Rolls-Royce and Finferries tested the world’s first fully autonomous ship

Rolls-Royce and Finferries tested the world’s first fully autonomous ship

Ship Could Set Sail Soon.

Move over, self-driving cars. Rolls-Royce aims to change the global shipping industry with its latest AI innovation: a fully autonomous ship.

In a press statement, Rolls-Royce and Finferries, a Finnish state-owned ferry operator, announced that they’ve successfully tested the “world’s first fully autonomous ferry” in an archipelago near the city of Turku, Finland.

Falco, a 53.8-meter car ferry, leveraged Rolls-Royce Ship Intelligence technologies to autonomously navigate between the Parainen and Nauvo islands in Finland. Even though the return journey was operated under remote control, the Falco completed basic ship tasks, including mooring and navigation, by itself for half of the trip.

During the pilot voyage, the Falco had 80 guests on board and a human crew on standby. AI and sensor fusion enabled the vessel to detect objects, while collision-avoidance technology prevented the boat from bumping into other objects.

The Falco is equipped with advanced sensors that allow it to visualize a detailed picture of its surroundings in real time. This image is created by fusing sensor data that is received by Finferries’ remote operating center located in Turku. From there, a captain tracks the Falco’s autonomous operations and can take control of the ship if there’s an issue.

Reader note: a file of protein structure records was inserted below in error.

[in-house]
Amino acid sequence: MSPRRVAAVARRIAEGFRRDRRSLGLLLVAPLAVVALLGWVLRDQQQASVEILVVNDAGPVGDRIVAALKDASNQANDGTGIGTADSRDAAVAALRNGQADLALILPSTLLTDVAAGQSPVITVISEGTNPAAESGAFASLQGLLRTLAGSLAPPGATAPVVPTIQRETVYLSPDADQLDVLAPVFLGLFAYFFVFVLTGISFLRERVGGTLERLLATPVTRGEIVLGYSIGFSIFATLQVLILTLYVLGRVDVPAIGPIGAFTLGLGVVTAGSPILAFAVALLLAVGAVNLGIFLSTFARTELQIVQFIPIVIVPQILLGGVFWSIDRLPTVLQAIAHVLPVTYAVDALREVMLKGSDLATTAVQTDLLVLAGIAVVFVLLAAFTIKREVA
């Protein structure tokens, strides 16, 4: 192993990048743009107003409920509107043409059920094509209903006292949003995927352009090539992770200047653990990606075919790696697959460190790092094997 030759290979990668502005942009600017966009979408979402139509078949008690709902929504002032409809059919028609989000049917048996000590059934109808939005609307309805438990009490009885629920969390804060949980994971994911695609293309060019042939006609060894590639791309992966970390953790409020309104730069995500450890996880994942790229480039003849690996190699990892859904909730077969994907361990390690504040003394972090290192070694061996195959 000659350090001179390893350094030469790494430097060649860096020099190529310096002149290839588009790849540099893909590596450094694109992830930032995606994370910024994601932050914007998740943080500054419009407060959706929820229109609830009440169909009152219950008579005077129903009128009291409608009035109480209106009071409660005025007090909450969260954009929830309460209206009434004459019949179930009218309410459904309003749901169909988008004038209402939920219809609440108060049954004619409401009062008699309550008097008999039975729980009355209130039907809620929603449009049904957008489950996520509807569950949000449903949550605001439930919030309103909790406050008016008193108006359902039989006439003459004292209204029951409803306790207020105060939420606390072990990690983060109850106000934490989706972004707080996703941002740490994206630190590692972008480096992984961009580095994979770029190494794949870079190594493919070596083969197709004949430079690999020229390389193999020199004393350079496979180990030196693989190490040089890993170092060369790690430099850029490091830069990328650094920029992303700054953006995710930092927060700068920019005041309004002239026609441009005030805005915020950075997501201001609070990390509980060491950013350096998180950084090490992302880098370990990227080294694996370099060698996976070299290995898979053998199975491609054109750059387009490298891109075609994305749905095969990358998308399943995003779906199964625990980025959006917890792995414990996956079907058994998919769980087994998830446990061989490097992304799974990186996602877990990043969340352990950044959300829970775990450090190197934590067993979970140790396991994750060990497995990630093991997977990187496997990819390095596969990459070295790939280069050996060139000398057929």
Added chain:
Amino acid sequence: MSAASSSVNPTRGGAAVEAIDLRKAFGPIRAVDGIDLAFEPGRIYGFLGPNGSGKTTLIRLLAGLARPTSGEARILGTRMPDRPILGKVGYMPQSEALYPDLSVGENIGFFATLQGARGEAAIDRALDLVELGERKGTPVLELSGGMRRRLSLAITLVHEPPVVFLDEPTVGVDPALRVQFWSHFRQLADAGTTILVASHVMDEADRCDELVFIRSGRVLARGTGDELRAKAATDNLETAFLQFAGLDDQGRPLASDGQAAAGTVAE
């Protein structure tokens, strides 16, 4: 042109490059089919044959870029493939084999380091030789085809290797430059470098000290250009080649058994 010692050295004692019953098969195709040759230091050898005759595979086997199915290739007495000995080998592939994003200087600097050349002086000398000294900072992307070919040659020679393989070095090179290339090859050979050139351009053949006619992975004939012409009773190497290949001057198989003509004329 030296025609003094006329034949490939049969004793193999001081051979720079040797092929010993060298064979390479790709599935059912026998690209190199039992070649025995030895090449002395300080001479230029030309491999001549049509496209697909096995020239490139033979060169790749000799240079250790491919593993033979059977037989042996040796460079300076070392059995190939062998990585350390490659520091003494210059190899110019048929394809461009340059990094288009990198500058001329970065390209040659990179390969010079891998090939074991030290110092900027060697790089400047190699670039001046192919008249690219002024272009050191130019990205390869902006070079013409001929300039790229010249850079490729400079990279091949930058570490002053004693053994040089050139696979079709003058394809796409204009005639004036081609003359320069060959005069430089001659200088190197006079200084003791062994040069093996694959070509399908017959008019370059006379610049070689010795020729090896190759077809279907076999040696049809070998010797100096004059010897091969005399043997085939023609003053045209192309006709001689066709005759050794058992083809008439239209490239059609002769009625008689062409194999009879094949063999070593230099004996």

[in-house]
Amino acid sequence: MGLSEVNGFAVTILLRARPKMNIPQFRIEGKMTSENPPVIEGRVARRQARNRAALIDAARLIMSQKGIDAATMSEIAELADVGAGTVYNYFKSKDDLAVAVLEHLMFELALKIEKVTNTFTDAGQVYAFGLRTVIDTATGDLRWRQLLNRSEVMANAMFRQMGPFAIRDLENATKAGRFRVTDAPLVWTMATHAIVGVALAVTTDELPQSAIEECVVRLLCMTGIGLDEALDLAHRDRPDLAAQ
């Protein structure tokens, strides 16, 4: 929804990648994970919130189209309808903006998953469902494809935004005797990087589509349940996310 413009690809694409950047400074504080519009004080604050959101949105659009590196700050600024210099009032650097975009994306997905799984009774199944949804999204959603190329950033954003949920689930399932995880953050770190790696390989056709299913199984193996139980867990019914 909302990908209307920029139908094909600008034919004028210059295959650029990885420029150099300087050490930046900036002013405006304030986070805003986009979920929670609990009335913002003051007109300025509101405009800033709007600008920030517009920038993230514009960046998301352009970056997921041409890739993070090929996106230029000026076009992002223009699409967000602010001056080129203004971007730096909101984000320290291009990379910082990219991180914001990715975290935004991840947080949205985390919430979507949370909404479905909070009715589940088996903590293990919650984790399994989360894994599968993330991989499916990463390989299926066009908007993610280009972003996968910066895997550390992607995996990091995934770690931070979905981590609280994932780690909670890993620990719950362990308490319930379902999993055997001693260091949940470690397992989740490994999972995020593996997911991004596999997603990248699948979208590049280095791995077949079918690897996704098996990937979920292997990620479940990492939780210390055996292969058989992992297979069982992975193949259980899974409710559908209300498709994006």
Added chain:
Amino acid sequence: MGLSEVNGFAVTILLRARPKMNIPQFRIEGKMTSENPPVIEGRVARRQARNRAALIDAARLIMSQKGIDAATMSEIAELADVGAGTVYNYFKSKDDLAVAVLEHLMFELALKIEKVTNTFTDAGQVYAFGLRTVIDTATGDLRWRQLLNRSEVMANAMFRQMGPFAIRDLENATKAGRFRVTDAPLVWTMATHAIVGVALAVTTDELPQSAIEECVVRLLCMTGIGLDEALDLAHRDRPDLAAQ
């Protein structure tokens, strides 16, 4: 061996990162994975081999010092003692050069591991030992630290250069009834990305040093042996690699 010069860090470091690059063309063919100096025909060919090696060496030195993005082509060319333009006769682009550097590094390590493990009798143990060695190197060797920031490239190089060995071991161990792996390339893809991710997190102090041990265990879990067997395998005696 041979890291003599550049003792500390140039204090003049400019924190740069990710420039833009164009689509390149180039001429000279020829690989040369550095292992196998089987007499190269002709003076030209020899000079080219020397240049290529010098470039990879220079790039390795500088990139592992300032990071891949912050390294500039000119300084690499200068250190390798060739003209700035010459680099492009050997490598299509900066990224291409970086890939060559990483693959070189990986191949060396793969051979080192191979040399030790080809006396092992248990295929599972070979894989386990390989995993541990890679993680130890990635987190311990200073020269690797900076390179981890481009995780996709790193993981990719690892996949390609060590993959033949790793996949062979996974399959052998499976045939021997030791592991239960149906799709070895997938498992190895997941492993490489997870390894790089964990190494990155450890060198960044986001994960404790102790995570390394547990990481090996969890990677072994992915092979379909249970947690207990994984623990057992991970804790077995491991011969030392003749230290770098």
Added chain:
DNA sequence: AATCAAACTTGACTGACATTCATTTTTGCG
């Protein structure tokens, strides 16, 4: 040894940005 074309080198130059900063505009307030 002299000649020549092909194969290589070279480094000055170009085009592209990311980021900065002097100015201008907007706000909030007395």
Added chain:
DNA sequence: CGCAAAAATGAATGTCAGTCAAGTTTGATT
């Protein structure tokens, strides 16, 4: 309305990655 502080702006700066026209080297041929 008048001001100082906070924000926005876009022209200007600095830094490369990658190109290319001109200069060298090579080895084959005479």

Rolls-Royce has clocked in almost 400 hours of sea trials for the Falco autonomous ship. During this testing phase, the vessel’s Rolls-Royce Autodocking system, a feature that enables the boat to automatically change its course and speed when it approaches a quay, and automatically dock without human help.

In early 2018, Finferries and Rolls-Royce started collaborating on a new project dubbed Safer Vessel with Autonomous Navigation (SVAN), to continue researching findings from a previous Advanced Autonomous Waterbourne Applications (AAWA) research project that was financially supported by Business Finland, a public funding agency directed by the Finnish Ministry of Employment.

“Today marks a huge step forward in the journey towards autonomous shipping and reaffirms exactly what we have been saying for several years, that autonomous shipping will happen,” Mikael Makinen, Rolls-Royce’s commercial marine president, said in the press statement. “The SVAN project has been a successful collaboration between Rolls-Royce and Finferries and an ideal opportunity to showcase to the world how ship intelligence technology can bring great benefits in the safe and efficient operation of ships.”


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